- Days left

Withholding your taxes -- what's the right amount?

One of the keys to avoiding penalties or other nasty surprises come tax time is to make sure your withholding is correct. Withholding can sometimes feel complicated, but it boils down to just a few issues: filing status, number of dependents, pay frequency and pay amounts.

Social Security and Medicare (sometimes referred to together as "FICA") taxes are the easiest to figure: Those taxes are simply withheld from your wages by your employers at a flat rate. For 2009, the amount withheld from your pay for Social Security is 6.2% on earnings up to $106,800. The amount withheld for Medicare is 1.45% on all earnings.

Federal income tax withholding is not a flat rate and is based on your individual circumstances. The best way to figure out the correct amount for your employer to withhold is to complete a federal form W-4 (available for download here).

You'll report basic information on the form W-4, such as your name, address, Social Security and marital status. You'll also report the number of personal exemptions you wish to claim; you figure this using the personal allowances worksheet attached to the form W-4. The basic rule is that the more allowances that you claim, the less money will be withheld from your paycheck each pay period. The number of allowances should coincide, roughly, with the number of exemptions and deductions you will claim on your tax return. If you get stuck figuring out that amount, try the IRS withholding calculator. It's not a substitute for the federal form W-4, but it can help you figure out how many exemptions to claim.

Local and state income tax withholding are generally automatic -- unless you are not a resident of the city or state where you work. If you are not, you should check the individual rules to determine what you will need to file. For example, if you live in Philadelphia but work in Wilmington, Delaware, you are still subject to the City Wage Tax even if it is not being withheld; conversely, if you live in Wilmington, Delaware, but work in Philadelphia, you are subject to the City Wage Tax which will likely be withheld for you at the employer level. Despite the loud grumblings about wage taxes in cities like New York City and Philadelphia, a large number of smaller municipalities and townships have similar tax schemes. Check with your employer to see what's being withheld and check with your local government to find out how your local taxes work.

If you've done the math correctly, there should be no surprises come tax time. However, the burden is on you to make sure you continue to have the correct withholding taken from your check. If you get married, have a baby, take on an additional job or otherwise change your financial picture, you should complete a new form W-4 so your employer knows to make changes in your withholding.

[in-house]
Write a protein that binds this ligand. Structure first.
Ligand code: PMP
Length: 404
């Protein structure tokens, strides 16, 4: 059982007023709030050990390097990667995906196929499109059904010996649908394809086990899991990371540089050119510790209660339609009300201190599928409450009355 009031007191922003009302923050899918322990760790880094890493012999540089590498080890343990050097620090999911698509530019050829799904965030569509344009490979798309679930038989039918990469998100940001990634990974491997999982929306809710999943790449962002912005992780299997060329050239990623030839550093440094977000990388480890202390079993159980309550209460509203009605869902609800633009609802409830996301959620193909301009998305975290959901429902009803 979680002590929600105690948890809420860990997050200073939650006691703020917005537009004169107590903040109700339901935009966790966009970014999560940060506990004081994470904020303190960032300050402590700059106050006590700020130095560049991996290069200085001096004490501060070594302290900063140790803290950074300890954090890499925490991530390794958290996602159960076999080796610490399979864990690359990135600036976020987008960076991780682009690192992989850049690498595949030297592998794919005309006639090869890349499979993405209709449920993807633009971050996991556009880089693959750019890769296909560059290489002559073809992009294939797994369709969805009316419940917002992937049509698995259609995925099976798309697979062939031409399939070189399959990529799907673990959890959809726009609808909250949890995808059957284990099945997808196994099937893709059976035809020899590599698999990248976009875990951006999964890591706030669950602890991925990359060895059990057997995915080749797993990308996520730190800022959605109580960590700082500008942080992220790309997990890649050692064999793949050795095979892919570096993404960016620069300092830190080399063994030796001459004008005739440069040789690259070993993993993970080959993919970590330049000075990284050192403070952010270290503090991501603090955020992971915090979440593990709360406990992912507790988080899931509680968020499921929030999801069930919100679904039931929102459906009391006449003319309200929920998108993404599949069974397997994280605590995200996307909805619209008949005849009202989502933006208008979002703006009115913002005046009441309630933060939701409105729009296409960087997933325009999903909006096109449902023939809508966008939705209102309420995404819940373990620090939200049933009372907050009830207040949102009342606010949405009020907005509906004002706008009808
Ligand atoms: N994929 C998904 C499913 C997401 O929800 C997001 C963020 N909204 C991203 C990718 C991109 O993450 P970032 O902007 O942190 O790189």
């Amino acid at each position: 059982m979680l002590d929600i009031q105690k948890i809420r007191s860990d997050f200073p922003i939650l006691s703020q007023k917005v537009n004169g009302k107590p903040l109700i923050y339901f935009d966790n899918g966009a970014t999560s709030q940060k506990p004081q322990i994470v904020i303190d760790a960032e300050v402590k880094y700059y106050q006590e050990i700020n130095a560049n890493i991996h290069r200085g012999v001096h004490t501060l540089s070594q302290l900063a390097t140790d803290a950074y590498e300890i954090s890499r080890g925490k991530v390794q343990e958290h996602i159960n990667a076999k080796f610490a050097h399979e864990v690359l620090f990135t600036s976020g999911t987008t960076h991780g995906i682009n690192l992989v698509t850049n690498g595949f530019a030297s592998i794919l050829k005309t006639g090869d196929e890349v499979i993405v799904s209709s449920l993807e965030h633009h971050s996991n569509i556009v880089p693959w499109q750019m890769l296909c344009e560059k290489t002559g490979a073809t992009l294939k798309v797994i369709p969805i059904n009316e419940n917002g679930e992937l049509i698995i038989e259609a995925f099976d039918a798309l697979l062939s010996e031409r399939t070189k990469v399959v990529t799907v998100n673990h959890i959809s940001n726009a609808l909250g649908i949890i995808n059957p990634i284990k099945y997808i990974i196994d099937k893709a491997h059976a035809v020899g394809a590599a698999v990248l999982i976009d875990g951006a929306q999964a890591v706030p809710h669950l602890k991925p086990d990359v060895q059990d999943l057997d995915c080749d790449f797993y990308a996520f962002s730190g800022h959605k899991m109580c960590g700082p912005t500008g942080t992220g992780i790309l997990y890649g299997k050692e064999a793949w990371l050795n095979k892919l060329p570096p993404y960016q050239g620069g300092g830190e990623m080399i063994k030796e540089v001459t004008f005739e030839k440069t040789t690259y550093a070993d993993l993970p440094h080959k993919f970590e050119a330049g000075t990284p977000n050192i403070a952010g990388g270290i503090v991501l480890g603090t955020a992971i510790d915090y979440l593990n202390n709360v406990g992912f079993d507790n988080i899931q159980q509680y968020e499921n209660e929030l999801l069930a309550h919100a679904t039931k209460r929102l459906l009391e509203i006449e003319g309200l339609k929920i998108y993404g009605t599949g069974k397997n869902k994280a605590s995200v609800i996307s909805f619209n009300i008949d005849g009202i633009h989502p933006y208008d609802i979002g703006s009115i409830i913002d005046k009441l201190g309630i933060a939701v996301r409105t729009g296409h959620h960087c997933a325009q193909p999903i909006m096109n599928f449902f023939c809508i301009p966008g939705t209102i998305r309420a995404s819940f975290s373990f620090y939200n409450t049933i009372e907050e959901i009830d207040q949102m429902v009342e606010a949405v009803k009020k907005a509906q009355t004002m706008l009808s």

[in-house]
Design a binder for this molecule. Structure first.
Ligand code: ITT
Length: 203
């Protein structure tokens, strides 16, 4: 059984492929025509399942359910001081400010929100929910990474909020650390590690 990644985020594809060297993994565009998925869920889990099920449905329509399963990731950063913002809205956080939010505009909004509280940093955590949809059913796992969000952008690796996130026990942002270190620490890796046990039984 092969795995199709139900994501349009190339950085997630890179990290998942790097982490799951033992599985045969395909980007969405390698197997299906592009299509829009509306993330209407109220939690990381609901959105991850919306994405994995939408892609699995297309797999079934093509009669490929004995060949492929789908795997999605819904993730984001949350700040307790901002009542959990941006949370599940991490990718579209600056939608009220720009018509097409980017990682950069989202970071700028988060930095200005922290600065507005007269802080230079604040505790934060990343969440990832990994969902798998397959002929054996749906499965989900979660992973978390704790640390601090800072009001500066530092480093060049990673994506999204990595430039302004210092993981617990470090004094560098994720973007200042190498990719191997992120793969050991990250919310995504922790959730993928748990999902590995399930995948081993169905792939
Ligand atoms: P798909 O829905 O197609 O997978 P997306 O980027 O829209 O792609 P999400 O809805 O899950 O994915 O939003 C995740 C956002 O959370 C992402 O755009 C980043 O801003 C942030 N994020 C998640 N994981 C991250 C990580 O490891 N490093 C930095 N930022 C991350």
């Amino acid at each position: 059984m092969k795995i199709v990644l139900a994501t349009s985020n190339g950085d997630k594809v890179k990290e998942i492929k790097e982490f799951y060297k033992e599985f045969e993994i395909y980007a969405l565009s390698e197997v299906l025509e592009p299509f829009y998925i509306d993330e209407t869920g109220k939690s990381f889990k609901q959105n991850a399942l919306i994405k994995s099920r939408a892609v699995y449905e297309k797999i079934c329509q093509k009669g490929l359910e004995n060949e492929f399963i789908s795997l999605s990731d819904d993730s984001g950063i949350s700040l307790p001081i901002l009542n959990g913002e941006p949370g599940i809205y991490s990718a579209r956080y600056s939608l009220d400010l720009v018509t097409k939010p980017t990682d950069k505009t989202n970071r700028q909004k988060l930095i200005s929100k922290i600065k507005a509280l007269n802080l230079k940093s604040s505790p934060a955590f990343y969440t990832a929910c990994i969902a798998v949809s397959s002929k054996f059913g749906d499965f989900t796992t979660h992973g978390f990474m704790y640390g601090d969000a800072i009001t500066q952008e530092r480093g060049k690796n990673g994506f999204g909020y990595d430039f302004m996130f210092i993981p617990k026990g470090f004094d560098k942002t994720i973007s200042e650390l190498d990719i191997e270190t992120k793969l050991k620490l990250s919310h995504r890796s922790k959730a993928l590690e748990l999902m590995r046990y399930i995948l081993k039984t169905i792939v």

Increase your money and finance knowledge from home

Introduction to Retirement Funds

Target date funds help you maintain a long term portfolio.

View Course »

Managing your Portfolio

Keeping your portfolio and financial life fit!

View Course »

TurboTax Articles

Video: Who Qualifies for an Affordable Care Act Exemption (Obamacare)?

The Affordable Care Act requires all Americans to have health insurance or pay a tax penalty. But, who qualifies for an Affordable Care Act exemption? Find out more about who qualifies for an exemption from the Affordable Care Act tax penalty, how to claim an exemption on your tax return and how the Affordable Care Act may affect your taxes with this video from TurboTax.

Video: How to Claim the Affordable Care Act Premium Tax Credit (Obamacare)

The Affordable Care Act Premium Tax Credit is a new refundable tax credit that can lower your monthly health insurance premiums. If you qualify for the tax credit, you can claim the Premium Tax Credit throughout the year to lower your monthly health insurance premiums, or claim the credit with your tax return to either lower your overall tax bill or increase your tax refund.

Deducting Summer Camps and Daycare with the Child and Dependent Care Credit

If you paid a daycare center, babysitter, summer camp, or other care provider to care for a qualifying child under age 13 or a disabled dependent of any age, you may qualify for a tax credit of up to up to 35 percent of qualifying expenses of $3,000 for one child or dependent, or up to $6,000 for two or more children or dependents.

What Is Schedule H: Household Employment Taxes

If you hire people to do work around your house on a regular basis, they might be considered household employees. Being an employer comes with some responsibilities for paying and reporting employment taxes, which includes filing a Schedule H with your federal tax return. But even if you have household employees, filing Schedule H is required only if the total wages you pay them is more than certain threshold amounts specified by federal tax law.

Add a Comment

*0 / 3000 Character Maximum